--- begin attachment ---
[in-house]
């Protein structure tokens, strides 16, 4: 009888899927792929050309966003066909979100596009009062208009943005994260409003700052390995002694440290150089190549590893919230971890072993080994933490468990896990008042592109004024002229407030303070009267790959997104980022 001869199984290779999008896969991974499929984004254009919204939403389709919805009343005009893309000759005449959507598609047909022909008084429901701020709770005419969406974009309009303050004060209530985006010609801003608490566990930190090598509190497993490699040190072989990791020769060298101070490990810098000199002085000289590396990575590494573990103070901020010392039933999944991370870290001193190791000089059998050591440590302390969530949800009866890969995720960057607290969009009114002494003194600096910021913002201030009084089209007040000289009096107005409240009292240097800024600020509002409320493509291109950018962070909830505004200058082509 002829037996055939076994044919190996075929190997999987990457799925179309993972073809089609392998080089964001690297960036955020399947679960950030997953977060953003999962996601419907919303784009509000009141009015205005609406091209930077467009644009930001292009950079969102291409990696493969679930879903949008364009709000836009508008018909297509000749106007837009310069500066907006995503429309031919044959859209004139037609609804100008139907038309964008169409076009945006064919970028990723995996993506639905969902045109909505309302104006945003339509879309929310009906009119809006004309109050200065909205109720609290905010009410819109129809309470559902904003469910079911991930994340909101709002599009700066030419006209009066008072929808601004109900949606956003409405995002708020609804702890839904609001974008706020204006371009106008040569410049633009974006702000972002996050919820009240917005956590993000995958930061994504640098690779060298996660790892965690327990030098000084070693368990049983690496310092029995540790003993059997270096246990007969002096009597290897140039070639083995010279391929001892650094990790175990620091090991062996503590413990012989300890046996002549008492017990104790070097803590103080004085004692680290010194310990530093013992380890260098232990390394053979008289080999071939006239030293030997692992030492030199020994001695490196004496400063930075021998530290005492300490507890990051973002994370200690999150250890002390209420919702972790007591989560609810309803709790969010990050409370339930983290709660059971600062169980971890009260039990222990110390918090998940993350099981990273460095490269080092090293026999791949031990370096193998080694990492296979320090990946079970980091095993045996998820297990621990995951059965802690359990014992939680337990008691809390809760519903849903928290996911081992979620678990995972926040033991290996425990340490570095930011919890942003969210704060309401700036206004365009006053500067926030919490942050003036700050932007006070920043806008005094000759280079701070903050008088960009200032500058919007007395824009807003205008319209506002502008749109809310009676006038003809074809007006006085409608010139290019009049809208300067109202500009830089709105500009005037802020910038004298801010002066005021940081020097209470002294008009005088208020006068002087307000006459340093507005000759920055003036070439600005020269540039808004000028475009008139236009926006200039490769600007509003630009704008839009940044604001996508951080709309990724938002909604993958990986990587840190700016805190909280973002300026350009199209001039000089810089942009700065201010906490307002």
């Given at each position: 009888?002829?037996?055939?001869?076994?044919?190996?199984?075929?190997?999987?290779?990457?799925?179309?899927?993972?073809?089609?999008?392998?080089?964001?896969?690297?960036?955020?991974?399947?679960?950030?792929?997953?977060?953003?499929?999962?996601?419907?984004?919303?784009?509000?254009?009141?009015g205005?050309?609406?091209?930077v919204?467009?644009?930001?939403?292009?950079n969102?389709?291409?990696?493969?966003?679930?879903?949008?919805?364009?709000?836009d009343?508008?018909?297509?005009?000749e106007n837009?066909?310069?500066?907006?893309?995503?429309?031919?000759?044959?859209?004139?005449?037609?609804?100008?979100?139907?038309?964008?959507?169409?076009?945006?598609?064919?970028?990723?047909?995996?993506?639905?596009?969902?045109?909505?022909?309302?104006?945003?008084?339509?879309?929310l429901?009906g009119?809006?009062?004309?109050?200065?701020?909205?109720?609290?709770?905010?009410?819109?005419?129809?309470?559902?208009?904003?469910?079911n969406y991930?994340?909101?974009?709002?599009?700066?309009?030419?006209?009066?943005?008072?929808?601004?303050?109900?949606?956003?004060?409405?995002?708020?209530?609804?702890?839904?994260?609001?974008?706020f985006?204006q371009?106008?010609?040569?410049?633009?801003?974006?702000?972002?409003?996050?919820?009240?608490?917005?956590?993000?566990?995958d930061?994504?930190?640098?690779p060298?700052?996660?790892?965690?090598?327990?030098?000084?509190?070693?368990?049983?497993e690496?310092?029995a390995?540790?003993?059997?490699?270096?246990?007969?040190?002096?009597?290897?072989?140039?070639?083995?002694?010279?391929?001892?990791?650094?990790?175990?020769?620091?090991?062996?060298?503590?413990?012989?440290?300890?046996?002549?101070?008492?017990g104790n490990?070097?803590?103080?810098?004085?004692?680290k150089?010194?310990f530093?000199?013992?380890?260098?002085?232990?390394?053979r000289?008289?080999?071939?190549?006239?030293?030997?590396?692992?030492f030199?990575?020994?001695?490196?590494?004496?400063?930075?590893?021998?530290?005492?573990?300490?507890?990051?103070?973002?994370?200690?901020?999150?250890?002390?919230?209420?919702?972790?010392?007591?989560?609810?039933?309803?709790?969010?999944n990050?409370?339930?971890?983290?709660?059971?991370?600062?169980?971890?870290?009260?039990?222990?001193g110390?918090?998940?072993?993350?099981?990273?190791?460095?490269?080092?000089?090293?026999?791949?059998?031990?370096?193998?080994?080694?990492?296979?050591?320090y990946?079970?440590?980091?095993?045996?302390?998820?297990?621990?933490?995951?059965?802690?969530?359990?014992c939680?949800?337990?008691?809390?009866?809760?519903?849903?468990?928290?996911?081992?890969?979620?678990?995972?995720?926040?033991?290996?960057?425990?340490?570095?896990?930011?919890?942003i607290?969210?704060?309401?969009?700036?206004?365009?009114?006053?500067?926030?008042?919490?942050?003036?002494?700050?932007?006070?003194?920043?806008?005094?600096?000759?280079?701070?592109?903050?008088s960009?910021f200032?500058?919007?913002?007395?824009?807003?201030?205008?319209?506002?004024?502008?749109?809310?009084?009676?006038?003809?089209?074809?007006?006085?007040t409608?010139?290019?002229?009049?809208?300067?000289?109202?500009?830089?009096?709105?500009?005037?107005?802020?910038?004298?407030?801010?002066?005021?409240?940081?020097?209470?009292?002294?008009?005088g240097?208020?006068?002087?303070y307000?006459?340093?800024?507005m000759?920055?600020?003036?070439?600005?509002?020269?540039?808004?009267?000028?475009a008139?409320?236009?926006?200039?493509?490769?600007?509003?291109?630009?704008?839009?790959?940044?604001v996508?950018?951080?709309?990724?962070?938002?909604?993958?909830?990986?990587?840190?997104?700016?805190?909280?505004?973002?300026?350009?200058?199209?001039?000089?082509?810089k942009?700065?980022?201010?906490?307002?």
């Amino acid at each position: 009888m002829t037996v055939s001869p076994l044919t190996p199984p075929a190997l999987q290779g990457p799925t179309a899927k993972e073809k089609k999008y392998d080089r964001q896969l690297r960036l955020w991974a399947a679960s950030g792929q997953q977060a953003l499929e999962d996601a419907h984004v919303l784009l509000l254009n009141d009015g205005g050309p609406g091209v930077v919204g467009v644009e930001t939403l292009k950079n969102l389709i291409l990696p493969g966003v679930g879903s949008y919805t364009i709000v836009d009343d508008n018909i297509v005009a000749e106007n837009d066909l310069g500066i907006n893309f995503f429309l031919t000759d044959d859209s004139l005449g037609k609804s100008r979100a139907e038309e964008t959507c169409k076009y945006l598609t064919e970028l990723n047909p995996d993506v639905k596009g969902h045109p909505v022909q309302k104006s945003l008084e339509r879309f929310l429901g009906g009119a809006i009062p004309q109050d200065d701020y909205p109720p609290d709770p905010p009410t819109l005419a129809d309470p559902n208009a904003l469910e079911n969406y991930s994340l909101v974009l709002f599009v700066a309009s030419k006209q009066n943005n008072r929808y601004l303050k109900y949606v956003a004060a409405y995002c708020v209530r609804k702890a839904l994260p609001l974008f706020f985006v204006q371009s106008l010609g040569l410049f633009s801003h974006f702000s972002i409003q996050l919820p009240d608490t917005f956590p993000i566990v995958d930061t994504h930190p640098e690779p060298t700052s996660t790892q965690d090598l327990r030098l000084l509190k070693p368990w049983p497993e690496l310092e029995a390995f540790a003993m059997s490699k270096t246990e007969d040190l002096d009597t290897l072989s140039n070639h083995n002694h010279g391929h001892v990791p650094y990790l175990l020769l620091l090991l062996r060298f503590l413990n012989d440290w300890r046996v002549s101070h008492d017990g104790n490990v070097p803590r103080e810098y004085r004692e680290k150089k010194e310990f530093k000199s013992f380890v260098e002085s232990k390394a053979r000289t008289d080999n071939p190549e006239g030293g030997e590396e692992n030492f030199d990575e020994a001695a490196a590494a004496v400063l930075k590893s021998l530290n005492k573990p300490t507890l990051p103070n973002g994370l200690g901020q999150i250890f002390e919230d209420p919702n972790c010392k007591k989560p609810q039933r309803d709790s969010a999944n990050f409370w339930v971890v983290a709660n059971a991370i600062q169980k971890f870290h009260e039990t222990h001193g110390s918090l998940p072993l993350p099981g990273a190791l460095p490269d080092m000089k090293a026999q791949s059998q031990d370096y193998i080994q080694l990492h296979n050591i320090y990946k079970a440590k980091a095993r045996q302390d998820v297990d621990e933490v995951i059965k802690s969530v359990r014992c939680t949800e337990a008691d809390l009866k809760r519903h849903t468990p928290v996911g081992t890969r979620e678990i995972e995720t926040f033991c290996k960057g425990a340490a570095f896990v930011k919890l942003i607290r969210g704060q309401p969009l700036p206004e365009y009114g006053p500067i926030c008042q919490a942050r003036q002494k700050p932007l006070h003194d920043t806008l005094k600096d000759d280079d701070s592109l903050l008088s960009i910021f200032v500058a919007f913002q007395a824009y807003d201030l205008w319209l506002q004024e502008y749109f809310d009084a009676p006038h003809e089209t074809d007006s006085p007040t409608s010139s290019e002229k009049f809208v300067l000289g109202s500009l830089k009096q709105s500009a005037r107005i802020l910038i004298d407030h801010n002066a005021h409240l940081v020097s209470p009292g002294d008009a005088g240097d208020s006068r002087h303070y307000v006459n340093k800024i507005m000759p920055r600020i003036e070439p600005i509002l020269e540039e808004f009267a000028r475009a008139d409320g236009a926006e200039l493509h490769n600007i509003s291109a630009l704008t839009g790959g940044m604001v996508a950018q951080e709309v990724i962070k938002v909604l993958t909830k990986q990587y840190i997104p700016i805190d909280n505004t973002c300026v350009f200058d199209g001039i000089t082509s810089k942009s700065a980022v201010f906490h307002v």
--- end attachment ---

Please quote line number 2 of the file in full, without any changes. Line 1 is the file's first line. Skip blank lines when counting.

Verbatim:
């Protein structure tokens, strides 16, 4: 009888899927792929050309966003066909979100596009009062208009943005994260409003700052390995002694440290150089190549590893919230971890072993080994933490468990896990008042592109004024002229407030303070009267790959997104980022 001869199984290779999008896969991974499929984004254009919204939403389709919805009343005009893309000759005449959507598609047909022909008084429901701020709770005419969406974009309009303050004060209530985006010609801003608490566990930190090598509190497993490699040190072989990791020769060298101070490990810098000199002085000289590396990575590494573990103070901020010392039933999944991370870290001193190791000089059998050591440590302390969530949800009866890969995720960057607290969009009114002494003194600096910021913002201030009084089209007040000289009096107005409240009292240097800024600020509002409320493509291109950018962070909830505004200058082509 002829037996055939076994044919190996075929190997999987990457799925179309993972073809089609392998080089964001690297960036955020399947679960950030997953977060953003999962996601419907919303784009509000009141009015205005609406091209930077467009644009930001292009950079969102291409990696493969679930879903949008364009709000836009508008018909297509000749106007837009310069500066907006995503429309031919044959859209004139037609609804100008139907038309964008169409076009945006064919970028990723995996993506639905969902045109909505309302104006945003339509879309929310009906009119809006004309109050200065909205109720609290905010009410819109129809309470559902904003469910079911991930994340909101709002599009700066030419006209009066008072929808601004109900949606956003409405995002708020609804702890839904609001974008706020204006371009106008040569410049633009974006702000972002996050919820009240917005956590993000995958930061994504640098690779060298996660790892965690327990030098000084070693368990049983690496310092029995540790003993059997270096246990007969002096009597290897140039070639083995010279391929001892650094990790175990620091090991062996503590413990012989300890046996002549008492017990104790070097803590103080004085004692680290010194310990530093013992380890260098232990390394053979008289080999071939006239030293030997692992030492030199020994001695490196004496400063930075021998530290005492300490507890990051973002994370200690999150250890002390209420919702972790007591989560609810309803709790969010990050409370339930983290709660059971600062169980971890009260039990222990110390918090998940993350099981990273460095490269080092090293026999791949031990370096193998080694990492296979320090990946079970980091095993045996998820297990621990995951059965802690359990014992939680337990008691809390809760519903849903928290996911081992979620678990995972926040033991290996425990340490570095930011919890942003969210704060309401700036206004365009006053500067926030919490942050003036700050932007006070920043806008005094000759280079701070903050008088960009200032500058919007007395824009807003205008319209506002502008749109809310009676006038003809074809007006006085409608010139290019009049809208300067109202500009830089709105500009005037802020910038004298801010002066005021940081020097209470002294008009005088208020006068002087307000006459340093507005000759920055003036070439600005020269540039808004000028475009008139236009926006200039490769600007509003630009704008839009940044604001996508951080709309990724938002909604993958990986990587840190700016805190909280973002300026350009199209001039000089810089942009700065201010906490307002």